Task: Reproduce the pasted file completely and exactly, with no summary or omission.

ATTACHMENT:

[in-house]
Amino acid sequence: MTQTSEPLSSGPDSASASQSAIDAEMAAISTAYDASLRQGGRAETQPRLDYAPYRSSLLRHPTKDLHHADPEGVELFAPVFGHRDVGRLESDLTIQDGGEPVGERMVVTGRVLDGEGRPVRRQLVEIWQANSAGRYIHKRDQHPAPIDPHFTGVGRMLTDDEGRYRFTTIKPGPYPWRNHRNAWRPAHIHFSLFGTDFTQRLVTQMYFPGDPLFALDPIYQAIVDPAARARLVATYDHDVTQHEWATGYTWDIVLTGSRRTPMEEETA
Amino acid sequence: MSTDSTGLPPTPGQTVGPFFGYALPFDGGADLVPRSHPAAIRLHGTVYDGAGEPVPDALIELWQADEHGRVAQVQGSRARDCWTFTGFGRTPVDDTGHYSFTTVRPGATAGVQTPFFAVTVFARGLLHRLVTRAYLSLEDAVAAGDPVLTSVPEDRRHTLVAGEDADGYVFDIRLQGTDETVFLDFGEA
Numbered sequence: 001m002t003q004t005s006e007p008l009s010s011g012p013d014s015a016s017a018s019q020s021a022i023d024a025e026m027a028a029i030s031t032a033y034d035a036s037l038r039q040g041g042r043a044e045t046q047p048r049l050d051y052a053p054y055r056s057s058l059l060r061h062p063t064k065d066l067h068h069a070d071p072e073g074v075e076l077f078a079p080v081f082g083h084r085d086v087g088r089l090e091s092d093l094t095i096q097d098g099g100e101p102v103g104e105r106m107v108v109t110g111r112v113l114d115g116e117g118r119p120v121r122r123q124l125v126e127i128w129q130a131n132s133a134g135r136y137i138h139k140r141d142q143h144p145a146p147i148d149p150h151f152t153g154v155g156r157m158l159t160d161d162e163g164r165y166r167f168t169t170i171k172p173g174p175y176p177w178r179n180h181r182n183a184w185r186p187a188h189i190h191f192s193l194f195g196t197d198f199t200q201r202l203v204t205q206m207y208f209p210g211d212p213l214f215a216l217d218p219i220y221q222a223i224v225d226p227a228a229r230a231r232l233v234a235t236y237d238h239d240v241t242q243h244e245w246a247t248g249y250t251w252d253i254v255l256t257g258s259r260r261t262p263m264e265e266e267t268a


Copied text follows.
[in-house]
Amino acid sequence: MTQTSEPLSSGPDSASASQSAIDAEMAAISTAYDASLRQGGRAETQPRLDYAPYRSSLLRHPTKDLHHADPEGVELFAPVFGHRDVGRLESDLTIQDGGEPVGERMVVTGRVLDGEGRPVRRQLVEIWQANSAGRYIHKRDQHPAPIDPHFTGVGRMLTDDEGRYRFTTIKPGPYPWRNHRNAWRPAHIHFSLFGTDFTQRLVTQMYFPGDPLFALDPIYQAIVDPAARARLVATYDHDVTQHEWATGYTWDIVLTGSRRTPMEEETA
Amino acid sequence: MSTDSTGLPPTPGQTVGPFFGYALPFDGGADLVPRSHPAAIRLHGTVYDGAGEPVPDALIELWQADEHGRVAQVQGSRARDCWTFTGFGRTPVDDTGHYSFTTVRPGATAGVQTPFFAVTVFARGLLHRLVTRAYLSLEDAVAAGDPVLTSVPEDRRHTLVAGEDADGYVFDIRLQGTDETVFLDFGEA
Numbered sequence: 001m002t003q004t005s006e007p008l009s010s011g012p013d014s015a016s017a018s019q020s021a022i023d024a025e026m027a028a029i030s031t032a033y034d035a036s037l038r039q040g041g042r043a044e045t046q047p048r049l050d051y052a053p054y055r056s057s058l059l060r061h062p063t064k065d066l067h068h069a070d071p072e073g074v075e076l077f078a079p080v081f082g083h084r085d086v087g088r089l090e091s092d093l094t095i096q097d098g099g100e101p102v103g104e105r106m107v108v109t110g111r112v113l114d115g116e117g118r119p120v121r122r123q124l125v126e127i128w129q130a131n132s133a134g135r136y137i138h139k140r141d142q143h144p145a146p147i148d149p150h151f152t153g154v155g156r157m158l159t160d161d162e163g164r165y166r167f168t169t170i171k172p173g174p175y176p177w178r179n180h181r182n183a184w185r186p187a188h189i190h191f192s193l194f195g196t197d198f199t200q201r202l203v204t205q206m207y208f209p210g211d212p213l214f215a216l217d218p219i220y221q222a223i224v225d226p227a228a229r230a231r232l233v234a235t236y237d238h239d240v241t242q243h244e245w246a247t248g249y250t251w252d253i254v255l256t257g258s259r260r261t262p263m264e265e266e267t268a